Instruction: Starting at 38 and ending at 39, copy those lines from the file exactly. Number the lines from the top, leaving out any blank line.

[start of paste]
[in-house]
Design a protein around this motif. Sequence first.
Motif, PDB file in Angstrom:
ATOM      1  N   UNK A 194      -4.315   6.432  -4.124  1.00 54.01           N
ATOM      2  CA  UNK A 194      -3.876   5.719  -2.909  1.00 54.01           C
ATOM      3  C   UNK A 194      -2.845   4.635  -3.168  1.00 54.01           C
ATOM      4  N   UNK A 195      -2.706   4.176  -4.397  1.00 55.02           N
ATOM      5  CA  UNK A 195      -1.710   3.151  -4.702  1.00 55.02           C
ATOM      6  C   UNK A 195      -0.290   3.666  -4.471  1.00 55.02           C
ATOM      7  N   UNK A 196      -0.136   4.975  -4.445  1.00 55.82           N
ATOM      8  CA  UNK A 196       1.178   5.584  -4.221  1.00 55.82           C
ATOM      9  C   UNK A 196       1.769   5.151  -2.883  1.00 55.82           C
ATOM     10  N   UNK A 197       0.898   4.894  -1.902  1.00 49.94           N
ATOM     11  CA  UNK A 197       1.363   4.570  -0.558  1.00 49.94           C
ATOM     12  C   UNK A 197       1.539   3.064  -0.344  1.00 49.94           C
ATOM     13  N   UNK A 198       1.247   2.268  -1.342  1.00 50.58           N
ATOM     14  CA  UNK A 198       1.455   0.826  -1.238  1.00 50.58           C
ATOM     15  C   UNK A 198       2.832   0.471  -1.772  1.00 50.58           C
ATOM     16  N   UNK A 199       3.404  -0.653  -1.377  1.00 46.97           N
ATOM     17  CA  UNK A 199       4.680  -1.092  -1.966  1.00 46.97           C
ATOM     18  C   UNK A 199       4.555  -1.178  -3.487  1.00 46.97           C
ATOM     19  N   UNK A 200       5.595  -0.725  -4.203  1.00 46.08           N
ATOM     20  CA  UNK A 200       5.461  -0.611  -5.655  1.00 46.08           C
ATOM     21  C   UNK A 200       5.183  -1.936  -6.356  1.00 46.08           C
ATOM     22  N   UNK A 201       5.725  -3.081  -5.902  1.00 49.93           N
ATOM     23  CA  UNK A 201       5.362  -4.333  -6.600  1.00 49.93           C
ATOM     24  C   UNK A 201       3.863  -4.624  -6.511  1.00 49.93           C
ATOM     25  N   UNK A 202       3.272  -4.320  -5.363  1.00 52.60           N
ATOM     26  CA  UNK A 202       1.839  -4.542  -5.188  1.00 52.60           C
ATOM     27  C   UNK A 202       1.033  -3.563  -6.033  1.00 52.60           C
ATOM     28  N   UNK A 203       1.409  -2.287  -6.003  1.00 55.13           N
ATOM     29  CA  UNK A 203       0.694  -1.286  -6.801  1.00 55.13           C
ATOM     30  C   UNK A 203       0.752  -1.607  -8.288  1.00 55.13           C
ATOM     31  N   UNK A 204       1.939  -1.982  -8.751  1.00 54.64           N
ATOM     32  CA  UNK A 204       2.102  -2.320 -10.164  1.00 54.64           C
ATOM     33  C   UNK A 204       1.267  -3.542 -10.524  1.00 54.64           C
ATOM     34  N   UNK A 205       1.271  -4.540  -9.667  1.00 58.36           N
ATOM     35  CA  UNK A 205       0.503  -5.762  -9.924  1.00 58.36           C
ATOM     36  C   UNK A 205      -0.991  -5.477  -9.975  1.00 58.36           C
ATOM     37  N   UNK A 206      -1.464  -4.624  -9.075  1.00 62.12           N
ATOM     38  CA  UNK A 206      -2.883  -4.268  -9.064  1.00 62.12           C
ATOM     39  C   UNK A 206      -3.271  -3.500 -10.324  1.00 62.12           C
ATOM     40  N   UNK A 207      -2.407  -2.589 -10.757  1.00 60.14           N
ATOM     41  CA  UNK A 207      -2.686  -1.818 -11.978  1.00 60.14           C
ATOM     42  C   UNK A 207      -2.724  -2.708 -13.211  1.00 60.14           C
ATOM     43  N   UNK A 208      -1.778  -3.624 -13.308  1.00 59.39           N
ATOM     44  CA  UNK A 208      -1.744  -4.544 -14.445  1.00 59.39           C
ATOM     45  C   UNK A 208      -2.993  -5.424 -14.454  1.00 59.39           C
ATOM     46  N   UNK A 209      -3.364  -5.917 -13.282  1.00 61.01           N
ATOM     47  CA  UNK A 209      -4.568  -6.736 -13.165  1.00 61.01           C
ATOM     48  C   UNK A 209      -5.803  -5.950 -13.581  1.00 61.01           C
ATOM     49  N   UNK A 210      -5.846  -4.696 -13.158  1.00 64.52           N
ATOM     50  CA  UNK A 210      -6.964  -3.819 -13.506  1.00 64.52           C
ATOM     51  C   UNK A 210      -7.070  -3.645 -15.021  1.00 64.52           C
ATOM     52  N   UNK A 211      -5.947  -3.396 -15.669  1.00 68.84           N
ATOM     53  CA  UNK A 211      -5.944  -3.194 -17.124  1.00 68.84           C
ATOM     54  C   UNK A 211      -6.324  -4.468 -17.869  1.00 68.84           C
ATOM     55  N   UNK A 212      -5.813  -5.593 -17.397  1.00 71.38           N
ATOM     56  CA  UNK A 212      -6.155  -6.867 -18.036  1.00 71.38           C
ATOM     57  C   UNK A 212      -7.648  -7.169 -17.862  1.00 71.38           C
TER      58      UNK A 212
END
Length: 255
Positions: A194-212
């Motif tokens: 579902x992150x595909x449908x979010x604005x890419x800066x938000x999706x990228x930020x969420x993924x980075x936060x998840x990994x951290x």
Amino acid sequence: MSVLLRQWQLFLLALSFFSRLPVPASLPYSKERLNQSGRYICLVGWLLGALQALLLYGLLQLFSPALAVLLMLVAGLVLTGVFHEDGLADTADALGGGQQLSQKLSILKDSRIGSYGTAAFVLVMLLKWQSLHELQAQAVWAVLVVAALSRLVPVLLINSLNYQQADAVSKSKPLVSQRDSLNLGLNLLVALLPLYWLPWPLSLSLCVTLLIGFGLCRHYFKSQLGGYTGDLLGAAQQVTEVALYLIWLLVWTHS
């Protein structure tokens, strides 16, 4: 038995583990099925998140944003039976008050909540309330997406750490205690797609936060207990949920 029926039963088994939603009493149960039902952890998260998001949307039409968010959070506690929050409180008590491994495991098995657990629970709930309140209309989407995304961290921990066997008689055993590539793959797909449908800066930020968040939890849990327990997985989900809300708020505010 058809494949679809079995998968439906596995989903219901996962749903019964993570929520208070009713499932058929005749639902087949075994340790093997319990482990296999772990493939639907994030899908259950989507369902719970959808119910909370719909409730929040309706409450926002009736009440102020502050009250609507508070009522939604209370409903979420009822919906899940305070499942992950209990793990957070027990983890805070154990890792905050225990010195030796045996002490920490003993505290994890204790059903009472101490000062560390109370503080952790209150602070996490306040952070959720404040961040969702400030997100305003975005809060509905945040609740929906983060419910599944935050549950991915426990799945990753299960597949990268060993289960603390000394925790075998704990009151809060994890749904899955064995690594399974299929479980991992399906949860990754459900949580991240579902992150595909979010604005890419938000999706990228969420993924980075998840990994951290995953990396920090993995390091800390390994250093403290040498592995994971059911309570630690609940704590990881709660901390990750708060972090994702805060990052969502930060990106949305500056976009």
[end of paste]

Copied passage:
ATOM     35  CA  UNK A 205       0.503  -5.762  -9.924  1.00 58.36           C
ATOM     36  C   UNK A 205      -0.991  -5.477  -9.975  1.00 58.36           C